Research has found no significant attitudinal biases as a result of response rate differences. A study published in 2000, “Consequences of Reducing Nonresponse in a National Telephone Survey” (Keeter, Miller, Kohut, Groves & Presser, POQ 64:125-48), found similar results in surveys with 61 and 36 percent response rates. A follow-up in 2006, “Gauging the Impact of Growing Nonresponse on Estimates from a National RDD Telephone Survey” (Keeter, Kennedy, Dimock, Best & Craighill, POQ 70:759-79), based on surveys with 50 and 25 percent response rates, again found “little to suggest that unit nonresponse within the range of response rates obtained seriously threatens the quality of survey estimates.” Still another Pew comparison, in 2012, with a yet lower response rate, had similar results. As far back as 1981, in “Questions & Answers in Attitude Surveys,” Schuman and Presser, describing two samples with different response rates but similar results, reported (p. 332), “Apparently the answers and associations we investigate are largely unrelated to factors affecting these response rate differences.”
Among many other sources, in "The Causes and Consequences of Response Rates in Surveys by the News Media and Government Contractor Survey Research Firms,” in Advances in Telephone Survey Methodology, Chapter 23, Wiley 2007), Holbrook, Krosnick and Pfent reported that “lower response rates seem not to substantially decrease demographic representativeness within the range we examined. This evidence challenges the assumptions that response rates are a key indicator of survey quality.”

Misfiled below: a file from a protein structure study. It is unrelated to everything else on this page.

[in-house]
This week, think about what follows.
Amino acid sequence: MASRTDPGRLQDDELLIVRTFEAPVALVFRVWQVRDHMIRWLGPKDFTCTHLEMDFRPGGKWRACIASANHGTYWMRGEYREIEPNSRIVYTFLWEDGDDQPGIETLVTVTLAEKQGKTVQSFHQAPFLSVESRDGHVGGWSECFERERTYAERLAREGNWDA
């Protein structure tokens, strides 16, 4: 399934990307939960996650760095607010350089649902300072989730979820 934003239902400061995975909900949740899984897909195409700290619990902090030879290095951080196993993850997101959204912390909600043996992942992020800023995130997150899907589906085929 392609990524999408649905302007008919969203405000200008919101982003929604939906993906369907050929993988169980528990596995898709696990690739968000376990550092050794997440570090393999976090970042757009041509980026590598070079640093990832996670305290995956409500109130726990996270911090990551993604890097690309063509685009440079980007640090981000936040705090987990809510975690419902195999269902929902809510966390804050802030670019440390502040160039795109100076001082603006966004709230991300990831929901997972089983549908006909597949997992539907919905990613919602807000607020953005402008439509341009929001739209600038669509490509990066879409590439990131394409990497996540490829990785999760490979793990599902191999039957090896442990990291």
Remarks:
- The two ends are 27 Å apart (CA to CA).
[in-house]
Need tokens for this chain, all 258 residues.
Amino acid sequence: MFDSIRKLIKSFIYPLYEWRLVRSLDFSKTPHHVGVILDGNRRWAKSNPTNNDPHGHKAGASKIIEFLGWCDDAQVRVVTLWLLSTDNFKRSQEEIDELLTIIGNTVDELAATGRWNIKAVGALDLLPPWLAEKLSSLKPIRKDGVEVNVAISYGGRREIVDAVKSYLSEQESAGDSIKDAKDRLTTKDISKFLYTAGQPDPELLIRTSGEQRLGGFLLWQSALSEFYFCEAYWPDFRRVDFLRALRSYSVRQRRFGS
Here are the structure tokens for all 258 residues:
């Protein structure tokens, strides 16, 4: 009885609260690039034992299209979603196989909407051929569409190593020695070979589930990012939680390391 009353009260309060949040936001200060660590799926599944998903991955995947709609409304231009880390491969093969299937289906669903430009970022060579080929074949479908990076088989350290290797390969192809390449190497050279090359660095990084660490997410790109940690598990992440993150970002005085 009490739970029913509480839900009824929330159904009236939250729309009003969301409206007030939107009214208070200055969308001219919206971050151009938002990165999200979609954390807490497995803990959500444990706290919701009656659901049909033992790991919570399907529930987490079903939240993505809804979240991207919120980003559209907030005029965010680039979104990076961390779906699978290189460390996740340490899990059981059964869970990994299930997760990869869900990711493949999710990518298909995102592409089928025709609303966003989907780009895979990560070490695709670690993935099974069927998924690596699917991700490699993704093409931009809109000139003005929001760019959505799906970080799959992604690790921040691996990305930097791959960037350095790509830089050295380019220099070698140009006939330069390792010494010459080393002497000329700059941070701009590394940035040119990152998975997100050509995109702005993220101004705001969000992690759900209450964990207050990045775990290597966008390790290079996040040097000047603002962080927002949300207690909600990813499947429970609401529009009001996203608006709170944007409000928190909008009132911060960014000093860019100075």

Pre-election polling presents particular challenges. As Election Day approaches these polls are most relevant and accurate if conducted among voters. Yet actual voters are an unknown population – one that exists only on (or, with absentees, shortly before) Election Day. Pre-election polls make their best estimate of this population.
Our practice for ABC News is to develop a range of “likely voter” models, employing elements such as self-reported voter registration, intention to vote, attention to the race, past voting, age, respondents’ knowledge of their polling places and political party identification. We evaluate the level of voter turnout produced by these models and diagnose differences across models when they occur.
The use of political party identification in likely voter models is a subject of debate among opinion researchers. It’s used commonly by campaign pollsters, less so among academic researchers. After extensive evaluation we have employed party ID as a factor in some likely voter models for our general election tracking polls, chiefly to adjust for trendless night-to-night variability in political partisanship. (A tracking poll is a series of consecutive, one-night standalone polls reported in a multi-night rolling average.)
ABC News has presented detailed evaluations of our tracking polls at polling conferences and in published work (Langer and Merkle 2001; Merkle, Langer and Lambert 2005; also in Public Opinion Polling in a Globalized World, Springer 2008; Langer et al. 2009).